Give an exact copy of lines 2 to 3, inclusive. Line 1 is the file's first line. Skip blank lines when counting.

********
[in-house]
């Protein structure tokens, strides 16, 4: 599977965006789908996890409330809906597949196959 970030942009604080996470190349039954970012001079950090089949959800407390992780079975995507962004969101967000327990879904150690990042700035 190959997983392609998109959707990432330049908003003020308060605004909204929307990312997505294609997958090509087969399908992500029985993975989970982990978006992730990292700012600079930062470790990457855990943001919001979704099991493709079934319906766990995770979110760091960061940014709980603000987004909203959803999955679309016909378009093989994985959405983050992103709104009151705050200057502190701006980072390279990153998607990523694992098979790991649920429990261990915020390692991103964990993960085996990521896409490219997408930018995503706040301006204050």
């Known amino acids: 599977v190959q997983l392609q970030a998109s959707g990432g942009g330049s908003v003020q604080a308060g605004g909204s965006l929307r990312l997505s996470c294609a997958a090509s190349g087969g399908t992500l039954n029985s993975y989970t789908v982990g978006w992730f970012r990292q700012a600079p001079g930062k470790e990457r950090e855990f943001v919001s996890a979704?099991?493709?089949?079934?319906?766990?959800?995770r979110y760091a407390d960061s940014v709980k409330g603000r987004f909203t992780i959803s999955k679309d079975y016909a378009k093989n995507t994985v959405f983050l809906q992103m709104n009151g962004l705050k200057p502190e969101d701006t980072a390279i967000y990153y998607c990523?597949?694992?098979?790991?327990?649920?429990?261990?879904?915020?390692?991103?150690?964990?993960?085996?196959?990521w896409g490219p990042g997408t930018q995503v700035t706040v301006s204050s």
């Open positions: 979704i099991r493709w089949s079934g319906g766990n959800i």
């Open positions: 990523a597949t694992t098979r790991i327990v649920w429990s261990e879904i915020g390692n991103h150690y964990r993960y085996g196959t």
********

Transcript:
């Protein structure tokens, strides 16, 4: 599977965006789908996890409330809906597949196959 970030942009604080996470190349039954970012001079950090089949959800407390992780079975995507962004969101967000327990879904150690990042700035 190959997983392609998109959707990432330049908003003020308060605004909204929307990312997505294609997958090509087969399908992500029985993975989970982990978006992730990292700012600079930062470790990457855990943001919001979704099991493709079934319906766990995770979110760091960061940014709980603000987004909203959803999955679309016909378009093989994985959405983050992103709104009151705050200057502190701006980072390279990153998607990523694992098979790991649920429990261990915020390692991103964990993960085996990521896409490219997408930018995503706040301006204050």
């Known amino acids: 599977v190959q997983l392609q970030a998109s959707g990432g942009g330049s908003v003020q604080a308060g605004g909204s965006l929307r990312l997505s996470c294609a997958a090509s190349g087969g399908t992500l039954n029985s993975y989970t789908v982990g978006w992730f970012r990292q700012a600079p001079g930062k470790e990457r950090e855990f943001v919001s996890a979704?099991?493709?089949?079934?319906?766990?959800?995770r979110y760091a407390d960061s940014v709980k409330g603000r987004f909203t992780i959803s999955k679309d079975y016909a378009k093989n995507t994985v959405f983050l809906q992103m709104n009151g962004l705050k200057p502190e969101d701006t980072a390279i967000y990153y998607c990523?597949?694992?098979?790991?327990?649920?429990?261990?879904?915020?390692?991103?150690?964990?993960?085996?196959?990521w896409g490219p990042g997408t930018q995503v700035t706040v301006s204050s």